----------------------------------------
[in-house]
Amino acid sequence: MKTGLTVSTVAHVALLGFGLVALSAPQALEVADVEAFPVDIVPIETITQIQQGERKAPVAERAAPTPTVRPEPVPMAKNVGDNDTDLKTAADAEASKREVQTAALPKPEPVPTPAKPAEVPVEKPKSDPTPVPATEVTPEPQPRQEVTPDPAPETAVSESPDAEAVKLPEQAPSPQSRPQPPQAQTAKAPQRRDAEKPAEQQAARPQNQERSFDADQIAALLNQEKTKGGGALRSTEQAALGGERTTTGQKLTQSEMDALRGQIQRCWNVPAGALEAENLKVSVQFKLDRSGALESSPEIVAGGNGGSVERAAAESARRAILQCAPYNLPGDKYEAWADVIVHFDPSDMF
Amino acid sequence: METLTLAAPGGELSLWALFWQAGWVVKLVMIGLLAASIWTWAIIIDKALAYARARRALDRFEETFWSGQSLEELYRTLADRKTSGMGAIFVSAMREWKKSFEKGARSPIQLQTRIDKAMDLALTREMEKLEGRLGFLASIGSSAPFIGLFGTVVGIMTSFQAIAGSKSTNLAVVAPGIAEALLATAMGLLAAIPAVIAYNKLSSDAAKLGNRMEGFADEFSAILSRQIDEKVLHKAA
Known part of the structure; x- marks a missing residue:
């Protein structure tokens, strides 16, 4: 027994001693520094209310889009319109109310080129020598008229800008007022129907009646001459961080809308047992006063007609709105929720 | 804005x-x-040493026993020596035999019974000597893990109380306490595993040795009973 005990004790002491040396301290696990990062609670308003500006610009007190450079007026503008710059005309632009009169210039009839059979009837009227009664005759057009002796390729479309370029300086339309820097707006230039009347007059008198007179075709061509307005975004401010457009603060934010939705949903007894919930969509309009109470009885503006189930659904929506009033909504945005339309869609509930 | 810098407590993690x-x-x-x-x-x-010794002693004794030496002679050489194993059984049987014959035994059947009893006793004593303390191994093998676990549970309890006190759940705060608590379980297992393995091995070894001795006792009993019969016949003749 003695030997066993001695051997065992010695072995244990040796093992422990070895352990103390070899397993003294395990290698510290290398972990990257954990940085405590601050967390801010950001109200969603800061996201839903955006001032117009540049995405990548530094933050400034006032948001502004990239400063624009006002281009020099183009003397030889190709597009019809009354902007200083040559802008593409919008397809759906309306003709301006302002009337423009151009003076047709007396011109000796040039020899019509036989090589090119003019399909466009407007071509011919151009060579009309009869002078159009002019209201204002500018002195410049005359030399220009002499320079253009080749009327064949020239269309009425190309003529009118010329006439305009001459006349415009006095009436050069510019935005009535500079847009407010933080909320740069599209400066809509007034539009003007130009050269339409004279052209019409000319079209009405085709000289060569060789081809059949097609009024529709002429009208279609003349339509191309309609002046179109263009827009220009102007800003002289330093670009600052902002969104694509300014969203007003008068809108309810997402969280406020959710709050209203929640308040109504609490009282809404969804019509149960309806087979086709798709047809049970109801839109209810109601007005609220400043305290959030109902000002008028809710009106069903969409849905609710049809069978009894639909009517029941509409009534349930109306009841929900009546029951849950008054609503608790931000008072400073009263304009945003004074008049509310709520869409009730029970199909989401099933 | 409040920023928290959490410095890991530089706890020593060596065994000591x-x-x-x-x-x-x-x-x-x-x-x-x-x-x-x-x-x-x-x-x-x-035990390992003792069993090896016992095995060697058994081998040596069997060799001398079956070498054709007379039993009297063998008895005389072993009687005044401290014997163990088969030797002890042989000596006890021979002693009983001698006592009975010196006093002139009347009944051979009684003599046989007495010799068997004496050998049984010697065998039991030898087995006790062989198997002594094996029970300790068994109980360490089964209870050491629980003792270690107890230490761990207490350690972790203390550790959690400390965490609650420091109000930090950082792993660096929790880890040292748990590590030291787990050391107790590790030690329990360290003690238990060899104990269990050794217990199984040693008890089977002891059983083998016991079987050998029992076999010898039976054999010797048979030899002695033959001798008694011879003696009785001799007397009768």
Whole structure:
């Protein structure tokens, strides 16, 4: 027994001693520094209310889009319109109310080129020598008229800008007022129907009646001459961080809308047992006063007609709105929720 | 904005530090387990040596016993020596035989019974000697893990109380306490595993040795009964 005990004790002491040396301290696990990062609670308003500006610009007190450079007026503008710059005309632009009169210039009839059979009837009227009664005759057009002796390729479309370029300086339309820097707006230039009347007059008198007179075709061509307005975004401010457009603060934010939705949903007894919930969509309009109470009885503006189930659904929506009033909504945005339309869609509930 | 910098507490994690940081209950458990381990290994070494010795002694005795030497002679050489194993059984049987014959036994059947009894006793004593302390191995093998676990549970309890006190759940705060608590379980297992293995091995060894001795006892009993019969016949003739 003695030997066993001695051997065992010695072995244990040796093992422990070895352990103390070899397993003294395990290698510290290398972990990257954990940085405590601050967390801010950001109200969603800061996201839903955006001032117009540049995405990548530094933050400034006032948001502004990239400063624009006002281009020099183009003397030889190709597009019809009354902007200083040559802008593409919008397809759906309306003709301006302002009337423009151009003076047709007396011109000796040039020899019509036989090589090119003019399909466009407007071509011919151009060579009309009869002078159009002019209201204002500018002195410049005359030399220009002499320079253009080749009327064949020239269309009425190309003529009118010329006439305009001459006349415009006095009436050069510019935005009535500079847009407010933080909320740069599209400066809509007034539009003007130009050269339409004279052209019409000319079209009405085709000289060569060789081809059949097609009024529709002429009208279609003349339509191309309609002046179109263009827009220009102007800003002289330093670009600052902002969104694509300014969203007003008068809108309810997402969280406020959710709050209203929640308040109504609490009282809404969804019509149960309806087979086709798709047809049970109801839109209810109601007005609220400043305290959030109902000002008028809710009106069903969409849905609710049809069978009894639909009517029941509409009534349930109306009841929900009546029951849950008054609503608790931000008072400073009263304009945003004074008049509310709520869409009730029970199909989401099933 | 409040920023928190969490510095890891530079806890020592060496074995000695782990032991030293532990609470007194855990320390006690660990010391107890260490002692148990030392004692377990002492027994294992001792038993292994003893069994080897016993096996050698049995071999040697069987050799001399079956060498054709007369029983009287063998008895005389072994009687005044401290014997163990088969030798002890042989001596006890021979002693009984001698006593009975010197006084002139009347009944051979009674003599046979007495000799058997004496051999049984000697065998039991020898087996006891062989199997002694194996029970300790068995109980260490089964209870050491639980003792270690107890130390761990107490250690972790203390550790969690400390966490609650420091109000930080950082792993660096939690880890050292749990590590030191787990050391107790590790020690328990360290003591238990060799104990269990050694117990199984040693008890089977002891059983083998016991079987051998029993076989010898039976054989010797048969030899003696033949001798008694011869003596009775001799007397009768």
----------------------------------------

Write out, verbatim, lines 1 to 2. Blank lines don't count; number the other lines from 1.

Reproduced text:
[in-house]
Amino acid sequence: MKTGLTVSTVAHVALLGFGLVALSAPQALEVADVEAFPVDIVPIETITQIQQGERKAPVAERAAPTPTVRPEPVPMAKNVGDNDTDLKTAADAEASKREVQTAALPKPEPVPTPAKPAEVPVEKPKSDPTPVPATEVTPEPQPRQEVTPDPAPETAVSESPDAEAVKLPEQAPSPQSRPQPPQAQTAKAPQRRDAEKPAEQQAARPQNQERSFDADQIAALLNQEKTKGGGALRSTEQAALGGERTTTGQKLTQSEMDALRGQIQRCWNVPAGALEAENLKVSVQFKLDRSGALESSPEIVAGGNGGSVERAAAESARRAILQCAPYNLPGDKYEAWADVIVHFDPSDMF